I am not trying to give you a hard time, but I just think that was a very dangerous thing to do.
    Yeah, it seems to me this is likely going to be what the MD is upset about.
  7. by   azhiker96
    In my PACU we need an order for every med (except in rescue situations;O2, narcan, etc). In those cases we still try to get a doc asap and then write verbal orders as needed.

    We have a pre-printed PACU orders sheet to make it easier for a doc to check the boxes and fill in the numbers. Most of our docs use that sheet which has places for PRN tx for pain, nausea, hyper/hypo tension, O2, and testing. The docs who don't use that sheet get paged more often than those who do use it. Sometimes the doctors want to be paged so they know if the patient is anything more than a boring recovery. Good luck buddy! Always cover yourself with an order and charting.
  8. by   Batman24
    Hopefully the pain nurse will be able to clear up the confusion. I would however use this as a learning experience and not do it again until protocols are in writing to protect yourself from here on out.

    If this doctor is known to be a problem all the more reason to do nothing without written orders to cover yourself. I have a feeling this will pass after they talk to pain nurse but still use it as a way to change your ways from here on out so you don't become a scapegoat again in the future.
  9. by   Andrew, RN
    Pain nurse is saying that she gave me an order to medicate the patient, not necessarily a dilaudid order.

    They took away my weekend call and told me to stay home on Monday. They're going to meet with me on Tuesday. I want to sit down and talk with this doctor so we can figure out what the problem is and what we can do about it.
  10. by   Batman24
    I'm sorry this happened to you. Sounds like you are being a scapegoat here. I would start looking for a new job today. Pls don't let this scare you away from nursing. You will find your fit and sometimes that takes time. Consider this a good learning experience. Wishing you the best.
    Last edit by Batman24 on Apr 17, '09
  11. by   sjt9721
    Quote from Andrew, RN
    Pain nurse is saying that she gave me an order to medicate the patient, not necessarily a dilaudid order.

    They took away my weekend call and told me to stay home on Monday. They're going to meet with me on Tuesday. I want to sit down and talk with this doctor so we can figure out what the problem is and what we can do about it.
    I'm going to type this as gently as I can...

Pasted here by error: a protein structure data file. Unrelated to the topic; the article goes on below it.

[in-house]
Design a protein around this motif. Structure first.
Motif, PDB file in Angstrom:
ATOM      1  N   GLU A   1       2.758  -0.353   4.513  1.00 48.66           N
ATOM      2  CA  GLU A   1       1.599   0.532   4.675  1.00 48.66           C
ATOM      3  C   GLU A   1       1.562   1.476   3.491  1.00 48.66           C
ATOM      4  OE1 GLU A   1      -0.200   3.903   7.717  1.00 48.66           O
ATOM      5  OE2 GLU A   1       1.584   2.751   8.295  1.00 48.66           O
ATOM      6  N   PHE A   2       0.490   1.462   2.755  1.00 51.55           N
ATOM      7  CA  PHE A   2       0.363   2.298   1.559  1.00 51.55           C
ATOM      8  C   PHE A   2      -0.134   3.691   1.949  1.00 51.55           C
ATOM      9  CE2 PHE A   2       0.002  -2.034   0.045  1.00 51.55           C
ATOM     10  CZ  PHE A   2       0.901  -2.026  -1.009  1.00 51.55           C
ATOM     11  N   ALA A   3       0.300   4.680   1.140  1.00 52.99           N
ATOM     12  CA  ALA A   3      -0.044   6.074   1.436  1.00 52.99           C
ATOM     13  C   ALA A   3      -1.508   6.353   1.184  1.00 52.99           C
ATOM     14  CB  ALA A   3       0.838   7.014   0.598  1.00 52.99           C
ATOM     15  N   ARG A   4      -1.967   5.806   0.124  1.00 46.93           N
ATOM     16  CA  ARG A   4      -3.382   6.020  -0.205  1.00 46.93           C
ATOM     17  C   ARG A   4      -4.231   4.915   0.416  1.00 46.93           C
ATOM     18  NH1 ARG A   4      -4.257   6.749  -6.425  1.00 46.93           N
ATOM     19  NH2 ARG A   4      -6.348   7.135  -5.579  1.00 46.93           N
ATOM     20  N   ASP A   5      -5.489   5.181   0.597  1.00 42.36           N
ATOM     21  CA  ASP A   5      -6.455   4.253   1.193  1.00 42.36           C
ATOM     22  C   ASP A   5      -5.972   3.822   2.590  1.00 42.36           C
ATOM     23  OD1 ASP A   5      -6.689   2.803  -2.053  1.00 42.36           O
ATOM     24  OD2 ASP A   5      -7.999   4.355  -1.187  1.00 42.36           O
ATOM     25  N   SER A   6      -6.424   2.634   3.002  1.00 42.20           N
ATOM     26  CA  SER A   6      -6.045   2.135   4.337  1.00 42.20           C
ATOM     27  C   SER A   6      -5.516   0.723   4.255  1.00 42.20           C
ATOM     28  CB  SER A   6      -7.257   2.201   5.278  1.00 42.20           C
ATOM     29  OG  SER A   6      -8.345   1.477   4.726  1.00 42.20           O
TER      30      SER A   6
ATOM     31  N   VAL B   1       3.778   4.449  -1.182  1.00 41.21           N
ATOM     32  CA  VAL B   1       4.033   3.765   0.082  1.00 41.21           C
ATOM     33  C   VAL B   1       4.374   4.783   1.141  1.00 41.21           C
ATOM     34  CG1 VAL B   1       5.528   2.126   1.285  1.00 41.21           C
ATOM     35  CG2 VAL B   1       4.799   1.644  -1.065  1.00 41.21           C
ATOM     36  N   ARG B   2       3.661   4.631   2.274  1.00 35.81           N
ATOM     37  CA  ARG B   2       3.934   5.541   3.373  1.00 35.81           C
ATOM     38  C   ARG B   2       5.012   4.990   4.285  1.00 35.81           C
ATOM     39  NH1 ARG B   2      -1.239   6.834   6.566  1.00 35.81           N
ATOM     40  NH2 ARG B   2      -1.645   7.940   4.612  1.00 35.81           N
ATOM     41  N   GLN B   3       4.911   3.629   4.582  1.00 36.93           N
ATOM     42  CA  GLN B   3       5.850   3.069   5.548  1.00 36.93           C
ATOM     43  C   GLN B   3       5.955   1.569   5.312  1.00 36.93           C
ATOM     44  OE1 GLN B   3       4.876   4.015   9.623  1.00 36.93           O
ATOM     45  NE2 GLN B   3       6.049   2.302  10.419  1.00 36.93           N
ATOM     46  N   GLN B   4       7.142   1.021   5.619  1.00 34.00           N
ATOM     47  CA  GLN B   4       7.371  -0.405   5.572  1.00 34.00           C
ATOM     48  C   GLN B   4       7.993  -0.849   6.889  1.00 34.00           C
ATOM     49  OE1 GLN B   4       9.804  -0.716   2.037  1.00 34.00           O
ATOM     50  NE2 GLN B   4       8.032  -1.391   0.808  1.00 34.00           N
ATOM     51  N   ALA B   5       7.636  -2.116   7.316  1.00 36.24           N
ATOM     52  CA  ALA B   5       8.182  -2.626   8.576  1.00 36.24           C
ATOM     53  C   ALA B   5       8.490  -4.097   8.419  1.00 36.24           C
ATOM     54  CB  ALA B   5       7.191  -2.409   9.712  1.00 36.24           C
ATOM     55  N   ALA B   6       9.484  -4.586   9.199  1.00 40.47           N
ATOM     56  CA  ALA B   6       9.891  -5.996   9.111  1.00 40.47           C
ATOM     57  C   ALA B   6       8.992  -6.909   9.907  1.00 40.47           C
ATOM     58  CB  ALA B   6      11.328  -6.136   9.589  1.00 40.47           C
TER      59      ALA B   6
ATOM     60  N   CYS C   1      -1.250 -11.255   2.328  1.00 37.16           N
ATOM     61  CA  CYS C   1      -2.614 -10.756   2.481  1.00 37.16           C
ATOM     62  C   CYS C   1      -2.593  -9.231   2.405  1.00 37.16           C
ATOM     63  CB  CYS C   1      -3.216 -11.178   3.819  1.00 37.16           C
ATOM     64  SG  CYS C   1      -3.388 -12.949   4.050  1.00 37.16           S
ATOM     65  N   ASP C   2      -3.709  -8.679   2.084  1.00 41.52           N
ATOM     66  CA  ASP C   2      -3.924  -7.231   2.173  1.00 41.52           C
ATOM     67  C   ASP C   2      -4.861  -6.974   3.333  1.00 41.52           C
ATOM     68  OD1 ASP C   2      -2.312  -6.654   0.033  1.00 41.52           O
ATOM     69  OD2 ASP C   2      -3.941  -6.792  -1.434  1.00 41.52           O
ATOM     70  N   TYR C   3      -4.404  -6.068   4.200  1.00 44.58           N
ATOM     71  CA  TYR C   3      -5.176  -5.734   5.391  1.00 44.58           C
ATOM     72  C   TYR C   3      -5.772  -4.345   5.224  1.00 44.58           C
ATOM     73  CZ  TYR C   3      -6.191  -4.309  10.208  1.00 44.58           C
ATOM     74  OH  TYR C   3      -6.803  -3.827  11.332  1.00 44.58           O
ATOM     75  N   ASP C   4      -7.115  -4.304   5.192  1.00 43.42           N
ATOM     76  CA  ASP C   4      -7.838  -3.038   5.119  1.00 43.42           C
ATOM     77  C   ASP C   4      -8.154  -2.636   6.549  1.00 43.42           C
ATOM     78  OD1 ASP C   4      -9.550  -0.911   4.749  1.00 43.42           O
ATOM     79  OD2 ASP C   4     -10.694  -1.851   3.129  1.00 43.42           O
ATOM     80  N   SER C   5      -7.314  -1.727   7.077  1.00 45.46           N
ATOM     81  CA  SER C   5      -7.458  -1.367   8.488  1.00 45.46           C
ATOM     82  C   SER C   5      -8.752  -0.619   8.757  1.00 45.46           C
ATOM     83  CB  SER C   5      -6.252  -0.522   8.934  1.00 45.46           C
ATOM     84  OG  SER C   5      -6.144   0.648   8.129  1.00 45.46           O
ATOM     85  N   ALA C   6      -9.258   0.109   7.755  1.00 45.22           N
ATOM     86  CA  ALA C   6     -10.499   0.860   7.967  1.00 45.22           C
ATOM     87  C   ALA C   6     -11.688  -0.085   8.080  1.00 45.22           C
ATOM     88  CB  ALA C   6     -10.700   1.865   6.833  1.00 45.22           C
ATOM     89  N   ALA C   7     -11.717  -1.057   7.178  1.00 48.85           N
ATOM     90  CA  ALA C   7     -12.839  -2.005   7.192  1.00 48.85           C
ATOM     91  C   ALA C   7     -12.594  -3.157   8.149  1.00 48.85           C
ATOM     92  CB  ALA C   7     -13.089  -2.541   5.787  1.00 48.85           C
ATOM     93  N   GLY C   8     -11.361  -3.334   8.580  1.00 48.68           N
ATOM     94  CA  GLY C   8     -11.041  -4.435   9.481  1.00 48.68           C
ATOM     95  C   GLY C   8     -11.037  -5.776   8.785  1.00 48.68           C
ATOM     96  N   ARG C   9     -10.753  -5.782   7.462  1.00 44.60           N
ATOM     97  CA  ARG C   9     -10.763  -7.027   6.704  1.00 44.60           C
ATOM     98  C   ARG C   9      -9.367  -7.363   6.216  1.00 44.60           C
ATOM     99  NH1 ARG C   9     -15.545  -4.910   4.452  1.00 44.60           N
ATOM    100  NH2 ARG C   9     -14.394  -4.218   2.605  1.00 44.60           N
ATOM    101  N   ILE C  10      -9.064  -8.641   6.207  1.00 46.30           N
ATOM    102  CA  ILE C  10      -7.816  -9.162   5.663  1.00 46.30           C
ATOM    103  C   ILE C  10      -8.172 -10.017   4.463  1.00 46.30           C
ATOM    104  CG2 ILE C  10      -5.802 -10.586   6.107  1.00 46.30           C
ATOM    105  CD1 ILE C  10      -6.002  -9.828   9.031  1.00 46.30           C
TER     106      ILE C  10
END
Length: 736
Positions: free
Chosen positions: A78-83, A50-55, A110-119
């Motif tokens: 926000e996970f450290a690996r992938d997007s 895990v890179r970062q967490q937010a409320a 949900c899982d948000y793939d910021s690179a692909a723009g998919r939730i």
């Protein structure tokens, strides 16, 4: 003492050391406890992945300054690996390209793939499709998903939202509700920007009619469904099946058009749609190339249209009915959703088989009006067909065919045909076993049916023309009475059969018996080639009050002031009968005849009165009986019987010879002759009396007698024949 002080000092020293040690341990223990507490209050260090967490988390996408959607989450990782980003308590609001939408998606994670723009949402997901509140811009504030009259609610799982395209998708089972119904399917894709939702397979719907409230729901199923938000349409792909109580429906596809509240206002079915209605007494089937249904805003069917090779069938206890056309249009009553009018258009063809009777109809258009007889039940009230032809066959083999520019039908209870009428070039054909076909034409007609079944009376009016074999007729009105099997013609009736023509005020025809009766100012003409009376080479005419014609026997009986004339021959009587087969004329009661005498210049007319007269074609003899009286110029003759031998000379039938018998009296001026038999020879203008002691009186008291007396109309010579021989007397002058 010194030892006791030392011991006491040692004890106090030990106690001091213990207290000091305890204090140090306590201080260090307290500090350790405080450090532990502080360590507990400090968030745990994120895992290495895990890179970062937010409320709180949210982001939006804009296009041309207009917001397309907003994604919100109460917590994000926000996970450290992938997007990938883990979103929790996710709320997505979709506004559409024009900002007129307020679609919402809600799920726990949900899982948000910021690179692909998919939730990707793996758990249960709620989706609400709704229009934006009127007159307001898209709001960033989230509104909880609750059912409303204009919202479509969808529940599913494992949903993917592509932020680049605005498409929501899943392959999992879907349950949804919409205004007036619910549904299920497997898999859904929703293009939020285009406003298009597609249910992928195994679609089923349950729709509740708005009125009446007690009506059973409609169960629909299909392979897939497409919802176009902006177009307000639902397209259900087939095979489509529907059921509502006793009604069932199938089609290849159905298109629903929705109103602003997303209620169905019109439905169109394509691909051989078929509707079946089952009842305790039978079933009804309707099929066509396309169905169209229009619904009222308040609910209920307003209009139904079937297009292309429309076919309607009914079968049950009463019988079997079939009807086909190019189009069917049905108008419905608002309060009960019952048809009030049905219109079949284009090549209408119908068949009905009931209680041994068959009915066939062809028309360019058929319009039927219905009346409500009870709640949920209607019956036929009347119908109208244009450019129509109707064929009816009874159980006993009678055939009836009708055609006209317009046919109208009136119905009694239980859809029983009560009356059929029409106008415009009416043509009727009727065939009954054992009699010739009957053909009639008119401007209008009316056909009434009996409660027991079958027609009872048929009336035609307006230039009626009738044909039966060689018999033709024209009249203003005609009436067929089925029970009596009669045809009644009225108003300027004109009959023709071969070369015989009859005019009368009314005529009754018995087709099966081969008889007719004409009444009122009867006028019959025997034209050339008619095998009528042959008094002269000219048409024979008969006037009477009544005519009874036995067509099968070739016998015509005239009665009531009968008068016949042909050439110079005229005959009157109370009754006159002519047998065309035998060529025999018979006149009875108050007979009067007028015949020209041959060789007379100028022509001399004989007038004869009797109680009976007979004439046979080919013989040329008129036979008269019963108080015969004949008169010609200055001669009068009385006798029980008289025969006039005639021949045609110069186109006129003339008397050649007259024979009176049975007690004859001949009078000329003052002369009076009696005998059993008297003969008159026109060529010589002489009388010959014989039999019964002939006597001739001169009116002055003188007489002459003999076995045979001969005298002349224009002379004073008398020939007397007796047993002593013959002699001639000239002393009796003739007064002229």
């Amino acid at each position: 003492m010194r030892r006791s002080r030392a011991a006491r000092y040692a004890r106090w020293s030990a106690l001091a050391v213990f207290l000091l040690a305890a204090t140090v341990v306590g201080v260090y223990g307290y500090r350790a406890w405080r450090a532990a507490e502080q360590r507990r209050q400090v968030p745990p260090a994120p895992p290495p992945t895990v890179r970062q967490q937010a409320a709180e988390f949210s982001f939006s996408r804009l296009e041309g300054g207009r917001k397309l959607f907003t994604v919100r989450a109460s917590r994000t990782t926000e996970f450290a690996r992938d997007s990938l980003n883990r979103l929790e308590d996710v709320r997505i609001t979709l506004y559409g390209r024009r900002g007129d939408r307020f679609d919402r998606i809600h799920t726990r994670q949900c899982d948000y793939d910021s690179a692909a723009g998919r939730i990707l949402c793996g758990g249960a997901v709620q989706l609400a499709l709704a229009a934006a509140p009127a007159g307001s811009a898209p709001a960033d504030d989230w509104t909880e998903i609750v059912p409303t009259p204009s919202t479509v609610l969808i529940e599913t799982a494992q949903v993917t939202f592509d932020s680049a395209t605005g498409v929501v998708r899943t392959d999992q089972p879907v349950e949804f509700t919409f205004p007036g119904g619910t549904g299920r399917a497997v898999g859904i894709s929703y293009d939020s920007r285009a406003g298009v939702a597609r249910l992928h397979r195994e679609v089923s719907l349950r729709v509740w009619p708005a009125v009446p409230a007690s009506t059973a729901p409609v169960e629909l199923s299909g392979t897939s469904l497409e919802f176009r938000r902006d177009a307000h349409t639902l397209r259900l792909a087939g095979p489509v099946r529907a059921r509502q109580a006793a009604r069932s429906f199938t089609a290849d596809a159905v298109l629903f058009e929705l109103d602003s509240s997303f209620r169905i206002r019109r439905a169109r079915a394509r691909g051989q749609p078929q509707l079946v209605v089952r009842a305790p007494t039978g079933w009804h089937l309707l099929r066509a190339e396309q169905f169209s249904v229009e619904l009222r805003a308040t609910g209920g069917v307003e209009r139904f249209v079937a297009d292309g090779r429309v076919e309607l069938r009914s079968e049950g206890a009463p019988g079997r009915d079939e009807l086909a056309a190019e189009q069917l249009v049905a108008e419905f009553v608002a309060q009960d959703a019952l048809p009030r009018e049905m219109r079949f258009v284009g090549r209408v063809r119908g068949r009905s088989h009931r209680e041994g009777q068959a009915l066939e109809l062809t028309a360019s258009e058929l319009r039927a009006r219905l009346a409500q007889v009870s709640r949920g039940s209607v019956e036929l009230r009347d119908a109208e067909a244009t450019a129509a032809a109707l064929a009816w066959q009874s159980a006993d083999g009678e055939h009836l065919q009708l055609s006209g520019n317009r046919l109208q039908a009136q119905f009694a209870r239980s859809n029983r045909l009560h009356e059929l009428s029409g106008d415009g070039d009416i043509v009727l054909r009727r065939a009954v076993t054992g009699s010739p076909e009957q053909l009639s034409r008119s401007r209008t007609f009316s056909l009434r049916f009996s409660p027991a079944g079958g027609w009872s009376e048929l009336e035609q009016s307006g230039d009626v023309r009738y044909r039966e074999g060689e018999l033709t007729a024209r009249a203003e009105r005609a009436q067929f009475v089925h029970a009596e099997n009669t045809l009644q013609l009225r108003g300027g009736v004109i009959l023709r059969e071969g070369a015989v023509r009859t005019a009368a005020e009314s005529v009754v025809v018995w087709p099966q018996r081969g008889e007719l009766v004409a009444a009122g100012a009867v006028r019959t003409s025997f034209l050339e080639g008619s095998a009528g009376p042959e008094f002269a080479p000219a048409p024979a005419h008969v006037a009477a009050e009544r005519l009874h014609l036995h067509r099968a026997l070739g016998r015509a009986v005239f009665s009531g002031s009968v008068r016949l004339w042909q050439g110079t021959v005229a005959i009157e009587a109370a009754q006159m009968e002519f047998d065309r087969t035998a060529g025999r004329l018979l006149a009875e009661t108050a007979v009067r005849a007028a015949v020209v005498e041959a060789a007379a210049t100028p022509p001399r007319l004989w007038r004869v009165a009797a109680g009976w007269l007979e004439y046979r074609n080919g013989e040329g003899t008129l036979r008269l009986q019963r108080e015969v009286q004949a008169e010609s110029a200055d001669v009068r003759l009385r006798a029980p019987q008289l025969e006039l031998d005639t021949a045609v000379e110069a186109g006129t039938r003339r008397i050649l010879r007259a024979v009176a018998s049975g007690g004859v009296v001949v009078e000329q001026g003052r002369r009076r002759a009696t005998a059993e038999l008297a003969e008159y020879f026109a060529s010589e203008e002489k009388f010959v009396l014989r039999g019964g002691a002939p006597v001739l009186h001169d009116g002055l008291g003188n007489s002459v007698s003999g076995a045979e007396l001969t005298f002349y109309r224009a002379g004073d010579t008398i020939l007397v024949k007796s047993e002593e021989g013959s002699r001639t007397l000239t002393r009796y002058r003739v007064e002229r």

Is the pain nurse qualified to "give an order" to another nurse? I've made the assumption that she's not advanced practice. Perhaps she can write an order based on her department's written protocols, but that doesn't qualify her as someone you can legally take a verbal order from.

    Without written protocols, you did practice medicine without a license. You gave a drug without a written or verbal order from a physician (or other qualified provider).

    I realize what the practice "has always been" and that "everyone does it" and that "it's understood". Many moons ago I did this same type of thing because that's what the seasoned nurses around me told me to do. I was (we all were) lucky that it never bit us in the butt.

    This is a (hard) lesson for you regarding your scope of practice and protection of your license. I do hope that things work out for you.
  12. by   BittyBabyGrower
    I'm sorry this happened to you. When writing a verbal/telephone order, make sure you document who you spoke to and read back what they said to you. Also, does your hospital have issues with sliding orders such as 1mg-5mg q10-20 minutes? This can be construed, sometimes, as medical management. We can no longer have such orders where I work, it has to be a specific dose, unless it is written in a preprinted titration protocol, such as most ICU settings have. He may be having an issue with the fact that you did not start at the lower dose and interval, instead you jumped to the higher dose and interval. JMHO.
  13. by   RN1982
    Playing Satan's advocate but if you didn't have written orders from the doc, but medicated the patient anyways, that can be construed as "practicing outside your scope". Also, I would like you to clarify with us, the role of the pain nurse. Is she an advanced practive RN? Does she have the authority to prescribe narcotics without a physcian's go-ahead? In the future, I suggest not medicating a patient without a signed order from the physician no matter often the practice is to medicate the patient, get a signed order later. It's your license, protect it.